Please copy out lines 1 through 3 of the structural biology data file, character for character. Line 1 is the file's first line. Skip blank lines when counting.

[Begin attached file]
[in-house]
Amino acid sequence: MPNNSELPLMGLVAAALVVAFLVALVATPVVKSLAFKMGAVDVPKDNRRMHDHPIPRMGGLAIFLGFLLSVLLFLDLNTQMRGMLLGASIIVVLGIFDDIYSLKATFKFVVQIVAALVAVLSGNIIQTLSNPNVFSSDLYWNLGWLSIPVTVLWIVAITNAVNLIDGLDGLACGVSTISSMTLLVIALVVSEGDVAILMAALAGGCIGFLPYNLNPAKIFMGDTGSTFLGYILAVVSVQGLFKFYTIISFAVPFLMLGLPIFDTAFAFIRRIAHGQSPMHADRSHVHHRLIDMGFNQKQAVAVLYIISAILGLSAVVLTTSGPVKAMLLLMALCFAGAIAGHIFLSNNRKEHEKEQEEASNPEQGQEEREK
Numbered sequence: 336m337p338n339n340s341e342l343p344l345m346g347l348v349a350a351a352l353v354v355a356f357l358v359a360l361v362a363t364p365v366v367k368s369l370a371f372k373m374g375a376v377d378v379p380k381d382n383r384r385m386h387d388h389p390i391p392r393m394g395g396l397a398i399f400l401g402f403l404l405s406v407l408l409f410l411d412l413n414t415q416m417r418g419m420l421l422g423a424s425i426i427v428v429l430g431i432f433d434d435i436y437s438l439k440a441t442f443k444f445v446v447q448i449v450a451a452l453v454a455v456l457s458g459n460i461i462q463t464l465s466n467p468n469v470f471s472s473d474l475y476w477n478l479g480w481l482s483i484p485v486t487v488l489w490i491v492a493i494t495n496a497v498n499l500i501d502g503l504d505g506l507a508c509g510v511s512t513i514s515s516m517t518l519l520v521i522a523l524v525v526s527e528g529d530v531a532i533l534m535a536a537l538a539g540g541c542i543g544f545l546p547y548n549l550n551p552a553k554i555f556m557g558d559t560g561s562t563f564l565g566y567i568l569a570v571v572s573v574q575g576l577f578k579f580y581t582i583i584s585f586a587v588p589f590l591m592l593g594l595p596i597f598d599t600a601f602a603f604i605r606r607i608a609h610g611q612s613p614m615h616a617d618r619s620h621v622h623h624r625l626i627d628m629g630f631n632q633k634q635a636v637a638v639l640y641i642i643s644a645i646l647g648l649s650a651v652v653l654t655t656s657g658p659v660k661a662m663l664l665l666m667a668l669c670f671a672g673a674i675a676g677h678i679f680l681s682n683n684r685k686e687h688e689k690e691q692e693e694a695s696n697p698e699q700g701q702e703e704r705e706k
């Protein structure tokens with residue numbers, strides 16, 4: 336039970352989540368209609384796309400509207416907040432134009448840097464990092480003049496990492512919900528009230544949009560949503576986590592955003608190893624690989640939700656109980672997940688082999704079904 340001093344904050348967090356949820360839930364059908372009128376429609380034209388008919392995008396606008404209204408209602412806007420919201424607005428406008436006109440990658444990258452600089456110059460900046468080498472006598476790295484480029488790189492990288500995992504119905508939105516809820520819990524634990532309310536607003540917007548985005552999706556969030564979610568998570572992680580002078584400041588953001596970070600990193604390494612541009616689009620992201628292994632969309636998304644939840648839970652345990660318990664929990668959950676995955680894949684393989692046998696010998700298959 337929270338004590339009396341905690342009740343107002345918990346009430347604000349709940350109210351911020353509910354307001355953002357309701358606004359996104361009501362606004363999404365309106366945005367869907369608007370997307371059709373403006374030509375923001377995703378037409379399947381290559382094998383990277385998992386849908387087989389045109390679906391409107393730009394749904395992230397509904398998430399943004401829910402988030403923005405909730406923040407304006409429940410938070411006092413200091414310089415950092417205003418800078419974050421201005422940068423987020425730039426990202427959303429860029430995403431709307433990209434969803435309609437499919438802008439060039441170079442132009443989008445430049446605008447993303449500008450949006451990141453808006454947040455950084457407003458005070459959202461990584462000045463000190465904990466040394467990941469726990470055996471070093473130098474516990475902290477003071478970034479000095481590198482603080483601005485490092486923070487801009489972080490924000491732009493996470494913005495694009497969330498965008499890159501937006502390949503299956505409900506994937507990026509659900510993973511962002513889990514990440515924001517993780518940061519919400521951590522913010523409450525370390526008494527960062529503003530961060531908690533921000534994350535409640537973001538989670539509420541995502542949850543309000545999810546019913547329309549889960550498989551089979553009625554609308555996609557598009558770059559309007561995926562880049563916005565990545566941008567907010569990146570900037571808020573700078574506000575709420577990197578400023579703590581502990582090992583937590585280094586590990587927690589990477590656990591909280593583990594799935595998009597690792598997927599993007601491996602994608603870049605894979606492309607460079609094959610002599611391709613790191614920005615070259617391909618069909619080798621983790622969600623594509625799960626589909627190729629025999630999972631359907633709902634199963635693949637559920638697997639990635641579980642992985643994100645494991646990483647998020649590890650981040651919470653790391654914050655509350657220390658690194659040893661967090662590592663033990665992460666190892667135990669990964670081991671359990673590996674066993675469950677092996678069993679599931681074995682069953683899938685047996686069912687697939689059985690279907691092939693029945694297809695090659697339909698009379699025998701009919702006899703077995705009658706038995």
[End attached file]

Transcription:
[in-house]
Amino acid sequence: MPNNSELPLMGLVAAALVVAFLVALVATPVVKSLAFKMGAVDVPKDNRRMHDHPIPRMGGLAIFLGFLLSVLLFLDLNTQMRGMLLGASIIVVLGIFDDIYSLKATFKFVVQIVAALVAVLSGNIIQTLSNPNVFSSDLYWNLGWLSIPVTVLWIVAITNAVNLIDGLDGLACGVSTISSMTLLVIALVVSEGDVAILMAALAGGCIGFLPYNLNPAKIFMGDTGSTFLGYILAVVSVQGLFKFYTIISFAVPFLMLGLPIFDTAFAFIRRIAHGQSPMHADRSHVHHRLIDMGFNQKQAVAVLYIISAILGLSAVVLTTSGPVKAMLLLMALCFAGAIAGHIFLSNNRKEHEKEQEEASNPEQGQEEREK
Numbered sequence: 336m337p338n339n340s341e342l343p344l345m346g347l348v349a350a351a352l353v354v355a356f357l358v359a360l361v362a363t364p365v366v367k368s369l370a371f372k373m374g375a376v377d378v379p380k381d382n383r384r385m386h387d388h389p390i391p392r393m394g395g396l397a398i399f400l401g402f403l404l405s406v407l408l409f410l411d412l413n414t415q416m417r418g419m420l421l422g423a424s425i426i427v428v429l430g431i432f433d434d435i436y437s438l439k440a441t442f443k444f445v446v447q448i449v450a451a452l453v454a455v456l457s458g459n460i461i462q463t464l465s466n467p468n469v470f471s472s473d474l475y476w477n478l479g480w481l482s483i484p485v486t487v488l489w490i491v492a493i494t495n496a497v498n499l500i501d502g503l504d505g506l507a508c509g510v511s512t513i514s515s516m517t518l519l520v521i522a523l524v525v526s527e528g529d530v531a532i533l534m535a536a537l538a539g540g541c542i543g544f545l546p547y548n549l550n551p552a553k554i555f556m557g558d559t560g561s562t563f564l565g566y567i568l569a570v571v572s573v574q575g576l577f578k579f580y581t582i583i584s585f586a587v588p589f590l591m592l593g594l595p596i597f598d599t600a601f602a603f604i605r606r607i608a609h610g611q612s613p614m615h616a617d618r619s620h621v622h623h624r625l626i627d628m629g630f631n632q633k634q635a636v637a638v639l640y641i642i643s644a645i646l647g648l649s650a651v652v653l654t655t656s657g658p659v660k661a662m663l664l665l666m667a668l669c670f671a672g673a674i675a676g677h678i679f680l681s682n683n684r685k686e687h688e689k690e691q692e693e694a695s696n697p698e699q700g701q702e703e704r705e706k